Golang grammar definition


(Martin Walker) #1

Hi,

Does anyone know where the lex/yacc or equivalent files for golang live.

TIA

regards

Martin


(Ignacio Gómez) #2

Everything about the Go compiler lives here: https://github.com/golang/go/tree/master/src/cmd/compile/internal.

I’d recommend reading this article to quickly know where to look for different things.


(Jay Ts) #3

Hi Martin,

From what I found, it appears that the Go compiler formerly used Bison, GNU’s yacc replacement, but since version 1.7 now uses a “hand-written” (non-automated) scanner (lexer) and parser.

These may be found in the $GOROOT/src/cmd/compile/internal/syntax directory, in the source files scanner.go and parser.go.

The EBNF specification for the Go language is included in the Go Programming Language Specification (https://golang.org/ref/spec), and you can use that to create the files for lex and yacc yourself if you want.

I haven’t tried, but maybe you can look in the source code for Go version 1.6 or previous versions to get the files you want. Assuming that works, you will still need to look at the Go specification to add in everything that’s been added to Go since then.


(Martin Walker) #4

Thanks for that, will take a prowl for 1.6
I basically have written a language and fancy adding some go like grammar to it, but an struggling with my .y file, so thought I’d see how go defined things.


(Jay Ts) #5

I looked into it some more to see if the information I’d read off of non-definitive sources (and even Wikipedia) was correct, and learned that by Go 1.5, they had already moved to a yacc-compatible parser generator written in Go. I could not find any yacc source files there (like a y.tab.c file).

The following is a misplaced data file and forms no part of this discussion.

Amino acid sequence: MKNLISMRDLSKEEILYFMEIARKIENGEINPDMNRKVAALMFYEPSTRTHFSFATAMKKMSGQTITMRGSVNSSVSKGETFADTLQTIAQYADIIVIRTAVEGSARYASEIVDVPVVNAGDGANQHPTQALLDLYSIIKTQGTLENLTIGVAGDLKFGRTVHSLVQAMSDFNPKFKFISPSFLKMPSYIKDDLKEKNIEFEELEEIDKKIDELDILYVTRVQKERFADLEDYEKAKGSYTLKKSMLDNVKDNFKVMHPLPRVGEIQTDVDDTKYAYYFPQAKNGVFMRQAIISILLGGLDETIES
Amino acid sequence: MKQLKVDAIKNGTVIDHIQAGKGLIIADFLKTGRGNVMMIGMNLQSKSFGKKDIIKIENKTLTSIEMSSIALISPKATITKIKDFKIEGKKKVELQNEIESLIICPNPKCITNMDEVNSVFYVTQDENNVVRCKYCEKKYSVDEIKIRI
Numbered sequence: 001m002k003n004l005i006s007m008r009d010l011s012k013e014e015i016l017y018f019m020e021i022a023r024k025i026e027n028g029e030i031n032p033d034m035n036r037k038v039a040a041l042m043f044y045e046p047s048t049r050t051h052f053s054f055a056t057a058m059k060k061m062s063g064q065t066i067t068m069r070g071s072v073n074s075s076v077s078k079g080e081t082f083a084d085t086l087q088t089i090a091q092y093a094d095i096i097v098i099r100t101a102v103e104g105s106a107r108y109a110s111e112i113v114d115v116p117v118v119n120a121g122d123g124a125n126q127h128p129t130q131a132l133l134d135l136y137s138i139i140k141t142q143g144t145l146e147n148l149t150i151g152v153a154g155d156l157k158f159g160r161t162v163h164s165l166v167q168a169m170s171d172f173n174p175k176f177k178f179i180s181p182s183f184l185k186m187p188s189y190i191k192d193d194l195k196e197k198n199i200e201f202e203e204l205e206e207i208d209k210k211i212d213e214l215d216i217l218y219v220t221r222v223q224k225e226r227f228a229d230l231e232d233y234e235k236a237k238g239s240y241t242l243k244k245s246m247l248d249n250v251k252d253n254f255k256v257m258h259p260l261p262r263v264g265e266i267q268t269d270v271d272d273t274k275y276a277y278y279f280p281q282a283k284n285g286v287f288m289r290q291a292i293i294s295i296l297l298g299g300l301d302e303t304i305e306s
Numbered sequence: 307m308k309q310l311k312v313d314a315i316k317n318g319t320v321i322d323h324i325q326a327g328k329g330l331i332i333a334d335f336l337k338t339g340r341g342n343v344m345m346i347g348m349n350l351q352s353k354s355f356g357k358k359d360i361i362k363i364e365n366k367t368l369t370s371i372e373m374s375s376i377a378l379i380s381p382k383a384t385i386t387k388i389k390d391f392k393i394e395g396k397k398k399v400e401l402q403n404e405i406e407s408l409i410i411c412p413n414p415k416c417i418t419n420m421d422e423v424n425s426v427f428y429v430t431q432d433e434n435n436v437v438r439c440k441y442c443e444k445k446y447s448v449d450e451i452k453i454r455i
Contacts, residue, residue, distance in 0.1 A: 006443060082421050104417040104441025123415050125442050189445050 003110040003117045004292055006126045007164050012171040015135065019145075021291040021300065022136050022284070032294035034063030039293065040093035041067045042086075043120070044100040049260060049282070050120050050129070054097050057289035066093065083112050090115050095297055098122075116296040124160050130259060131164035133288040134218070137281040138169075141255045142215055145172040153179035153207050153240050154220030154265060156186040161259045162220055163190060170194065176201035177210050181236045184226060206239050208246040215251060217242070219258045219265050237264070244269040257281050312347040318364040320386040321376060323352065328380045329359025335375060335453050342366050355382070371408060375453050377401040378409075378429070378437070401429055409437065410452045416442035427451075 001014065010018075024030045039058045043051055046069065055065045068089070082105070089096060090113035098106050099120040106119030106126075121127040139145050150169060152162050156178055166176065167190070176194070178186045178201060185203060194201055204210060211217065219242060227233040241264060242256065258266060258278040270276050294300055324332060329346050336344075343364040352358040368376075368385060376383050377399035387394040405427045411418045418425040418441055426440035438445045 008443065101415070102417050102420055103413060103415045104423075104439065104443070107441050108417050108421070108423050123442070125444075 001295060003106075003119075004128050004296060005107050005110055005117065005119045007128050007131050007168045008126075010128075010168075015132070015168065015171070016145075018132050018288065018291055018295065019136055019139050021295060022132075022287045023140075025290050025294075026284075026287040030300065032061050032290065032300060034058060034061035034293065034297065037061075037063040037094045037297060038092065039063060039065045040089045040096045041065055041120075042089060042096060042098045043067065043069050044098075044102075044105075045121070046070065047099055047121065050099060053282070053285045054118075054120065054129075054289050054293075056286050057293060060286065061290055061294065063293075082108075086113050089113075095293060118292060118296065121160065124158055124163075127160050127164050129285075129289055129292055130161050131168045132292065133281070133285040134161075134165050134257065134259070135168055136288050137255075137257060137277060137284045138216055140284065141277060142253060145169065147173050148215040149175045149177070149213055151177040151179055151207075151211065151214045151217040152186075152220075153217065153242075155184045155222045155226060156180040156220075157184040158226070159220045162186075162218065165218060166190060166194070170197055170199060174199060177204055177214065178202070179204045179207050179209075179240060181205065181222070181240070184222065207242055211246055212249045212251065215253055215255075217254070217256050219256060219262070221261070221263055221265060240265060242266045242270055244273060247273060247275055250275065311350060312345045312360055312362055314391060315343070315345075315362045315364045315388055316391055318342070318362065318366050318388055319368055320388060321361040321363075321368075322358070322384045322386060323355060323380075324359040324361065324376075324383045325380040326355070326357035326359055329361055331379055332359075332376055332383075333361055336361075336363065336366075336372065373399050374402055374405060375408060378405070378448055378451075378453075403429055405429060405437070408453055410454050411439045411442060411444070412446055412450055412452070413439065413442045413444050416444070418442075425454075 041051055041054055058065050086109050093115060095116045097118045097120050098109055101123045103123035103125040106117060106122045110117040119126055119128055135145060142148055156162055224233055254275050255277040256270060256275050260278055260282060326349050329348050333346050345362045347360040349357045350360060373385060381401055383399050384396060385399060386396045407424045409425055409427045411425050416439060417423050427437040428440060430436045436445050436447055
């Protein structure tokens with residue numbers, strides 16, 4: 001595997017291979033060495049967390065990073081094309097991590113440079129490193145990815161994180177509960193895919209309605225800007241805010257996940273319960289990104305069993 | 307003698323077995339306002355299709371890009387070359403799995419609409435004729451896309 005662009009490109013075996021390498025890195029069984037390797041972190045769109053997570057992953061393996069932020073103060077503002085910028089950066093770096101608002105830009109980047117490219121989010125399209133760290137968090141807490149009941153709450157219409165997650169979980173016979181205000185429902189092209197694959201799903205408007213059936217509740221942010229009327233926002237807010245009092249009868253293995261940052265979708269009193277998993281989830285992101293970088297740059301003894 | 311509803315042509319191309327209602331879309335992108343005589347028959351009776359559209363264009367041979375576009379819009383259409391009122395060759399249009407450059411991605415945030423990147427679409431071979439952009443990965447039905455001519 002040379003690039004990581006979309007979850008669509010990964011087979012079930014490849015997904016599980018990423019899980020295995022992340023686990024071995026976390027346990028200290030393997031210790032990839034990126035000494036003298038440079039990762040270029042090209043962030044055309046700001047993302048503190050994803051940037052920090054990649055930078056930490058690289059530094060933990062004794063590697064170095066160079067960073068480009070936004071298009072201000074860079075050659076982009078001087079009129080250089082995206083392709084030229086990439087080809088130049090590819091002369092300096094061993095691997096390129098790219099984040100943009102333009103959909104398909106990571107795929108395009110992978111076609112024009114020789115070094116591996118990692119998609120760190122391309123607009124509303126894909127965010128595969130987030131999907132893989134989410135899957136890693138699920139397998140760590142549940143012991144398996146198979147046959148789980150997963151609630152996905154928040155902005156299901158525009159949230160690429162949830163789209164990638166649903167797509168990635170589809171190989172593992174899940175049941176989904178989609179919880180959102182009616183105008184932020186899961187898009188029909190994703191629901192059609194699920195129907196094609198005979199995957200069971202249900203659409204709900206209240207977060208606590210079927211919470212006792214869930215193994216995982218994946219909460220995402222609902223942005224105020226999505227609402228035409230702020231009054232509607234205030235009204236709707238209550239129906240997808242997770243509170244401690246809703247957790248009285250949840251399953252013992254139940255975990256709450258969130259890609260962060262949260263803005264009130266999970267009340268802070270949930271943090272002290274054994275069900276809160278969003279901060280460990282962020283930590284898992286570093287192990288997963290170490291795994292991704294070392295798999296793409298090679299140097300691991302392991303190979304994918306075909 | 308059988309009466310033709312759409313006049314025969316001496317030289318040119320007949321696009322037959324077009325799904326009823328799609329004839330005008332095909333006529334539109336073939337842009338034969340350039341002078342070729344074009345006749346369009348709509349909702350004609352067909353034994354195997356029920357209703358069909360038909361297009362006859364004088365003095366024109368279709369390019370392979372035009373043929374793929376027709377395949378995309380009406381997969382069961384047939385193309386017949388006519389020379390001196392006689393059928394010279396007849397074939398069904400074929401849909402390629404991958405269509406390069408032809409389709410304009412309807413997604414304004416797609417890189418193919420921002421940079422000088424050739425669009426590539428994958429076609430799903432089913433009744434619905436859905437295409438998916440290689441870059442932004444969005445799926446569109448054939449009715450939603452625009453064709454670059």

But in version 1.2 (at least), they were still using Bison: There are yacc files in the Go source code, and I found the one for the Go parser. Here’s how to get to it:

  1. Go to https://golang.org/dl/, scroll to the bottom of the page and download go1.2.2.src.tar.gz.

  2. un-tar the file (tar xvfz go1.2.2.src.tar.gz), and look in the directory go/src/cmd/gc for a file called go.y.

There is also a y.tab.c file and in that, comments show that they were using Bison 2.5, and that go.y was used to generate y.tab.c.

Upon seeing that, I recollected that it was at version 1.5 that the Go Team had moved from C to Go to implement the compiler and runtime. That’s why Bison was no longer used at that point.

I looked at only the oldest version of Go listed on the download page. You can try more recent versions if you want. Other versions previous to 1.5 may have yacc files, too.


(Martin Walker) #6

Thanks for looking, I had actually found a lot of that by looking at 1.6 . I’m actually also using the goyacc parser, but it all seems to little avail, my grammar uses ansi c grammar style as its base, golang constructs things differently.
What I wanted to add was multiple return values, and I think to do that I’d need to almost totally rewrite.